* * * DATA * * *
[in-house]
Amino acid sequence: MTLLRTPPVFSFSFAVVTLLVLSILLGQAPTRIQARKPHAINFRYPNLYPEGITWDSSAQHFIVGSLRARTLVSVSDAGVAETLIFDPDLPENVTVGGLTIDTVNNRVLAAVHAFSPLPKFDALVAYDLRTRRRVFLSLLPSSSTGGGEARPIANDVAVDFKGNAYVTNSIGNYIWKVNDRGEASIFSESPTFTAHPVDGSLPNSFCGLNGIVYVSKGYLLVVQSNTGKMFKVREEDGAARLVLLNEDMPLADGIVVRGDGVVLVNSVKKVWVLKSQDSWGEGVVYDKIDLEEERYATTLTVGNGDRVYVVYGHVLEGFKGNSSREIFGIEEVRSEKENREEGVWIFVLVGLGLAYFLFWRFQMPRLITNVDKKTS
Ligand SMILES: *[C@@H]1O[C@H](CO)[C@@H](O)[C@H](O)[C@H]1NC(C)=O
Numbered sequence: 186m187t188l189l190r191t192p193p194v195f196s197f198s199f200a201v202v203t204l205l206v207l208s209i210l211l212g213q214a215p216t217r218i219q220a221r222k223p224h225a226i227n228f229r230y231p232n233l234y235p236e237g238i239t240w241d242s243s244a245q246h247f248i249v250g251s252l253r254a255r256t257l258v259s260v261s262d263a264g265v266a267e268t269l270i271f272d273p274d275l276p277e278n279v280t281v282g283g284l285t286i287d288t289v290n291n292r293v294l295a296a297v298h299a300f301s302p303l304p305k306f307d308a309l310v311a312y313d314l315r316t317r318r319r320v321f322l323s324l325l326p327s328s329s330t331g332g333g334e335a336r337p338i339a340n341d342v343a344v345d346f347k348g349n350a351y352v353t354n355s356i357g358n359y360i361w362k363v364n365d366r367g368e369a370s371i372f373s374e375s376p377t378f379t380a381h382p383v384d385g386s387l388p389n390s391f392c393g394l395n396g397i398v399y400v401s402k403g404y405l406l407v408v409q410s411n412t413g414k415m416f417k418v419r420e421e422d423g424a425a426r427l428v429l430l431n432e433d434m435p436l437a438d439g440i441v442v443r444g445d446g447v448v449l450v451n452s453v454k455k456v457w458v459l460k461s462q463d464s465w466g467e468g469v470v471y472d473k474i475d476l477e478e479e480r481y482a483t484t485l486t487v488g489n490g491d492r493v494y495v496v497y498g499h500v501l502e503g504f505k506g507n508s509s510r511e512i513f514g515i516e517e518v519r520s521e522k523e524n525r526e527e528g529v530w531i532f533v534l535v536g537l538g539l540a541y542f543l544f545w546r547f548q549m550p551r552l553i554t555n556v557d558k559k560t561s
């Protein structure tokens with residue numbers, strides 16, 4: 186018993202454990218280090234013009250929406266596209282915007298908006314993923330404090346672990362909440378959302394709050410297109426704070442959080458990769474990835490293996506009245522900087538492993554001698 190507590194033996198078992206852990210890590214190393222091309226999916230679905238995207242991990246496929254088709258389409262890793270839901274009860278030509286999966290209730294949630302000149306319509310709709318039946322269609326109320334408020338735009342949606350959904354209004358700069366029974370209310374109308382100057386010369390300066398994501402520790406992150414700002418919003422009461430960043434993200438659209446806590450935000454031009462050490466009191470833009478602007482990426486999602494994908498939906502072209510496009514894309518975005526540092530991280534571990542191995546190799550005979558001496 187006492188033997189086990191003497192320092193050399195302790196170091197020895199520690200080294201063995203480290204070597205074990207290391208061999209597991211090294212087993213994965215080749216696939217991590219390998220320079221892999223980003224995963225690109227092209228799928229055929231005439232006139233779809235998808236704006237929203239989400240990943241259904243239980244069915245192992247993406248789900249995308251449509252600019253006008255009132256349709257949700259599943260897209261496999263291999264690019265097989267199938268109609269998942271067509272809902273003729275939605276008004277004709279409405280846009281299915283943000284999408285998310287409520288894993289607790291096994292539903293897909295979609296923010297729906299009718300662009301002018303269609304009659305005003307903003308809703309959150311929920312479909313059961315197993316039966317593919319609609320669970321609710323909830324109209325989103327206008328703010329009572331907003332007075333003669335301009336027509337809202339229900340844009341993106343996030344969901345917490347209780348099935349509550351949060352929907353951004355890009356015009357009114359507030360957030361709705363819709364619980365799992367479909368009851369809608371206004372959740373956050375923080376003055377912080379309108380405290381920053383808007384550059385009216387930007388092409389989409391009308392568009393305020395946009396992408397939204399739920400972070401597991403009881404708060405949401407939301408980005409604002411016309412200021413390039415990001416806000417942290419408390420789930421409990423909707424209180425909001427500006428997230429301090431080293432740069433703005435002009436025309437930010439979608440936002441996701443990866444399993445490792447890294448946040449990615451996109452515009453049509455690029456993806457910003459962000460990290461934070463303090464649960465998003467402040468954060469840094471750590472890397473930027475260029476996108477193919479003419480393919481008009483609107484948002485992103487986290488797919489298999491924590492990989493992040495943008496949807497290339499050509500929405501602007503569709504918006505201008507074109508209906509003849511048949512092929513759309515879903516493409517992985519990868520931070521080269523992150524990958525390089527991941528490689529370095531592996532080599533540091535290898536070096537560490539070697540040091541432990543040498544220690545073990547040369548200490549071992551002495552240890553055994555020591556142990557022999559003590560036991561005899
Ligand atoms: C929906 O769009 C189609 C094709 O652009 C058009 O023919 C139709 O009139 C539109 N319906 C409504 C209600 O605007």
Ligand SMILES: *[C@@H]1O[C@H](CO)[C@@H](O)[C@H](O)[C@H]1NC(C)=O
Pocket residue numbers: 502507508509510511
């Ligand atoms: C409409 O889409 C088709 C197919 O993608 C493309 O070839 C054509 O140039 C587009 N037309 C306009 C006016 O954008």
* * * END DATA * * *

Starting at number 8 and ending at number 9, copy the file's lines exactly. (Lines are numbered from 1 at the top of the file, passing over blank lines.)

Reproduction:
Pocket residue numbers: 502507508509510511
């Ligand atoms: C409409 O889409 C088709 C197919 O993608 C493309 O070839 C054509 O140039 C587009 N037309 C306009 C006016 O954008």